The Five Flawless Steps To Building A Strong Executive Leadership Team
How to Avoid Organizational Self-Sabotage
Has this ever happened to you? You need to solve a business problem with a colleague who is the leader of another department, division, or business unit. Even though you have much in common – a shared goal to solve this problem, similar values – you find it overwhelmingly difficult to get anything done together.
“Why?” you ask. Actually — you only ask yourself “why” if you are an enlightened leader in areas of systems and complexity. Most people in this situation just blame the people with whom they are attempting to interact.
Context Really Is Everything
The issue here is one of context, and to be more specific — contexts. You are experienced and adroit at operating within your context. The other person is experienced and adroit at operating within her context. But the two contexts are different enough in some way (decision-making, communication, formality, problem-solving, etc.) that you are having trouble making progress together across the boundary.
Context is “the interrelated conditions in which something exists or occurs” (merriam-webster.com). I think you get the idea. In a broader sense, one might say “culture.” Context is a more neutral term, so let’s stick with it.
For ages we’ve had this “silo” effect in business. A silo is when there seems to be a wall between functions or departments that impedes effective horizontal communication and coordination.
Now, what if the two contexts, Context A and Context B, are not only horizontal but also vertical in nature?
Islands of Software
Since 1982, I’ve observed hundreds of team-based efforts in software and technology organizations. One dynamic – which is devastatingly destructive and self-sabotaging — shows up in most of them: Team-based organizing is promoted and allowed on the front lines of development (or manufacturing or service), but management keeps its silos. So now we have vertical walls plus one big horizontal wall.
Context A/B is a traditional hierarchical context of silos. Context C is the agile team context. They operate with dramatically different rhythms, personal discipline, formality, and transparency.
Allowing this situation to develop is the single greatest mistake I see executives make regarding teams. The premise seems to be that organizing for rapid adaptation – being able to successfully respond to change, complexity and uncertainty – is good for development but not for executive management.
You probably know this by the phrase “islands of software.” And while it may be among the new challenges in agile transitions, it’s not new and the concept has been around since the early 90s.
As you are probably well-aware, when these islands have been created, an invisible and nearly impermeable wall forms between them. Why? Because the operating contexts are different and it is hard to get things done across the contexts. Very little communication and almost no truth, honesty, or transparency moves through the wall.
In order to deal with this “problem” (it’s really a symptom, not THE problem), we place project managers and supervisors there and ask them to translate between Context A/B and Context C. Instead of effectively translating between the contexts, they usually just appear silly and ineffective to people in each context.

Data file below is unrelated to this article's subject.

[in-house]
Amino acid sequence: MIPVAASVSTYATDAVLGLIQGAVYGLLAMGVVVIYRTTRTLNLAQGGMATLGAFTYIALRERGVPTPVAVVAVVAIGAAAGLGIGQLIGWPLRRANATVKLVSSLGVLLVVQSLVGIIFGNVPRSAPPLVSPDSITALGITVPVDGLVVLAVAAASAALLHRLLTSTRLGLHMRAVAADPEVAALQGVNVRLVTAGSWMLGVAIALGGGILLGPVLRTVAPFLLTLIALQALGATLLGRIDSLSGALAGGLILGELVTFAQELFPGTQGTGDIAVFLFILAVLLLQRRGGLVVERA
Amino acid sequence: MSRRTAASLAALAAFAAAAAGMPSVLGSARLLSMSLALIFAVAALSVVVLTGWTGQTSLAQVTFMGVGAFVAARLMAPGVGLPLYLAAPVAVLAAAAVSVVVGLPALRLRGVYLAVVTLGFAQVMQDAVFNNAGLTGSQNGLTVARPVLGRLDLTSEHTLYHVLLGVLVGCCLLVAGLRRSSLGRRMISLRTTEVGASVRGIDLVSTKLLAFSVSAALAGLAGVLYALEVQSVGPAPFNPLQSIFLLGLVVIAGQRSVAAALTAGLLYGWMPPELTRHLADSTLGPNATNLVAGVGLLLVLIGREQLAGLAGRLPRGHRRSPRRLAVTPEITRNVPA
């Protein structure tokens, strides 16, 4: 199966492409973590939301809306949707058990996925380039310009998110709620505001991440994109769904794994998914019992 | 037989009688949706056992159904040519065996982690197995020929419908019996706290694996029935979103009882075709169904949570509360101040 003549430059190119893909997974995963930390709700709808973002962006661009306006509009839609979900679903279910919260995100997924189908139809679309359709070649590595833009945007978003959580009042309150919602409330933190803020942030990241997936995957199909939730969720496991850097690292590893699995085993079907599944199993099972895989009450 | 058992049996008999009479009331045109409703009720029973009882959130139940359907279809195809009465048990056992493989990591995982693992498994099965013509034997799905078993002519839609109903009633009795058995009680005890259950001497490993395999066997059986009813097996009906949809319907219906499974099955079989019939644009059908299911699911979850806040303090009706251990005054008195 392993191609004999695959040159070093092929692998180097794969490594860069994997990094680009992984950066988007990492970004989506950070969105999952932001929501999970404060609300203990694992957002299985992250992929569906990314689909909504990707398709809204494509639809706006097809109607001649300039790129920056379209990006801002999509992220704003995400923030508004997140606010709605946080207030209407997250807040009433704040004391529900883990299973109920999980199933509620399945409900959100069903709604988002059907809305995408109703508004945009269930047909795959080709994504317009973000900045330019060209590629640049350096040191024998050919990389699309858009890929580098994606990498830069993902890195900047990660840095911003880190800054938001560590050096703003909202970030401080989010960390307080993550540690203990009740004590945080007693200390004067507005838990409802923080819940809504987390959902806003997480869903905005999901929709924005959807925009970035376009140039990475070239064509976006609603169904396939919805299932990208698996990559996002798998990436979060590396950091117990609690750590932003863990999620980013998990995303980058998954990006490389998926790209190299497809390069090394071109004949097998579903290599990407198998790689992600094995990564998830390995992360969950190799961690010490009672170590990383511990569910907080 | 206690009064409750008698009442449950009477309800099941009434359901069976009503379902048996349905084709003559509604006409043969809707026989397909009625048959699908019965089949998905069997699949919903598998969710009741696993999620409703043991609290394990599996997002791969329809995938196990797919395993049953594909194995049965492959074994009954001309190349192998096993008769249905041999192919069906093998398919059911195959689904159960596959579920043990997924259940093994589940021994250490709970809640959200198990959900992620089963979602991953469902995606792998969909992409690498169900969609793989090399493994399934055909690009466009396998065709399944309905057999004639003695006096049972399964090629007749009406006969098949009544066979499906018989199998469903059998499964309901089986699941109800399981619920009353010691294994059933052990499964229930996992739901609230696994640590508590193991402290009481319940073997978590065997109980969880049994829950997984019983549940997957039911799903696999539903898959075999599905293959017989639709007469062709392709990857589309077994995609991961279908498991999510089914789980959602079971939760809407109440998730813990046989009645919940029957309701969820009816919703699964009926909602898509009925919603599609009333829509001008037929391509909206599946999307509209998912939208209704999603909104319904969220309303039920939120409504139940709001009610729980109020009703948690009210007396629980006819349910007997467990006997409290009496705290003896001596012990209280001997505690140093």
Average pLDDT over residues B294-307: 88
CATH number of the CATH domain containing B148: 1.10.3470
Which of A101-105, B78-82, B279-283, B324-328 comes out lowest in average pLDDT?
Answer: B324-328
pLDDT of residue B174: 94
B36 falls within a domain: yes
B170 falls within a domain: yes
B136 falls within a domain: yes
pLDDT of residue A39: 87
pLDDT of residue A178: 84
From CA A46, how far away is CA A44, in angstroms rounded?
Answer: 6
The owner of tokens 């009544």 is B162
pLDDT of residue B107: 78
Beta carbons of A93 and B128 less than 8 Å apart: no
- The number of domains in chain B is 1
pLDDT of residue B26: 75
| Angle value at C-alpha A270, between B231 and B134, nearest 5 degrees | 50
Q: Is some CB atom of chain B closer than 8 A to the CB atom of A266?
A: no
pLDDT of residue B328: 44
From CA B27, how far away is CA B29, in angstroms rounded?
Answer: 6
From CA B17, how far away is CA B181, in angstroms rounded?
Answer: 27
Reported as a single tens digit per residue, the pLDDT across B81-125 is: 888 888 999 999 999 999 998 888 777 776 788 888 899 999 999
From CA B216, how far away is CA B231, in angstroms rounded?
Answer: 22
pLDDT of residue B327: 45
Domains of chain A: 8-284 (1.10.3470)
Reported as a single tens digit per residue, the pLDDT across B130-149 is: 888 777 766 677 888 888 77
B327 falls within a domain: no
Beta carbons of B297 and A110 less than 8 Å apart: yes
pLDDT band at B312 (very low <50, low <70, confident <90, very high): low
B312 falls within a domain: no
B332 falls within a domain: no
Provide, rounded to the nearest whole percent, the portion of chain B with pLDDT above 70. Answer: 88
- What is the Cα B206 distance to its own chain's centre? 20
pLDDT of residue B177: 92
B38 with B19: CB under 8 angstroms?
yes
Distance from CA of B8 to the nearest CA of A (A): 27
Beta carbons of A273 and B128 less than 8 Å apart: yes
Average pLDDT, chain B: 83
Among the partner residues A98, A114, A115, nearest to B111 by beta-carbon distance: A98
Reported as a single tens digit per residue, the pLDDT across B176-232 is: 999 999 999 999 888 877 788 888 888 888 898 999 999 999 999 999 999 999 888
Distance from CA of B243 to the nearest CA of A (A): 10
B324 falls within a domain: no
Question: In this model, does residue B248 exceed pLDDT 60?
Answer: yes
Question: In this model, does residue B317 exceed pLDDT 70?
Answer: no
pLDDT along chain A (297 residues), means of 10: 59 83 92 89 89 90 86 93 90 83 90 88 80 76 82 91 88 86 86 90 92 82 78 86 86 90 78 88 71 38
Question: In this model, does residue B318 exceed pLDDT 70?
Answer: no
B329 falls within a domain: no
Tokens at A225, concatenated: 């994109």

Have you witnessed this? Am I on track? If so, let’s hear your stories in the comments below.
The Number One Reason You Want A High-Performing Executive Team
Yes, it would be really cool if your executive team were high-performing and would overcome their individual role silos to optimize for the whole. And in the next post we’ll give you the first of five flawless steps to achieve this. But that’s not the most important reason.
The most important reason that you want a high performing executive team is to put in motion the relational dynamics that lead to vaporizing both the horizontal wall and the vertical walls. When you can do that, then you can have one context for relating and communicating up, down, and across your entire organization regardless of size.
And that gives you unstoppable organizational advantage.
But when your own internal “walls” block you from successfully addressing external change, complexity, and uncertainty, then your organizational context is your own worst enemy — the source of organizational self-sabotage.
Good News – The Wall Isn’t Physical, It’s Social
In the first post in this series I posed this question:
“If not among executives, then at exactly what level do I want high-performance teams?”
You see, as long as you have a context-shift between groups (whether horizontal or vertical) you have The Wall. And The Wall is a significant impediment to value flow.
But the good news is that The Wall isn’t physical. It only exists because we design it, we enable it, and we empower it through mutual agreement. If you want to vaporize it you can.
Just shift the contexts around it. You can do it. I’ve seen it done.
It starts with your executive team actually being a team instead of a group of individual managers and it cascades from there. That’s where the leverage is.
Now that we’ve made the case for building the executive team (hopefully — you’ll let me know in the comments), in the next post I’ll present the first of the five flawless steps for building the executive leadership team.
“Christopher’s post reminds me a work from David Snowdon on natural grouping sizes:
- Five being the natural size of team given the communication graph and short-term memory
- 15 is the natural size for a band given the dynamics of Trust
- 150 is the natural size for a tribe given Dunbar’s work on number of identities you can hold in your head.
You are going to need to work in groups, and these numbers give you some ways to think about how to assemble your people into collections that can operate on a context. You just need to be more intentional about the contexts.”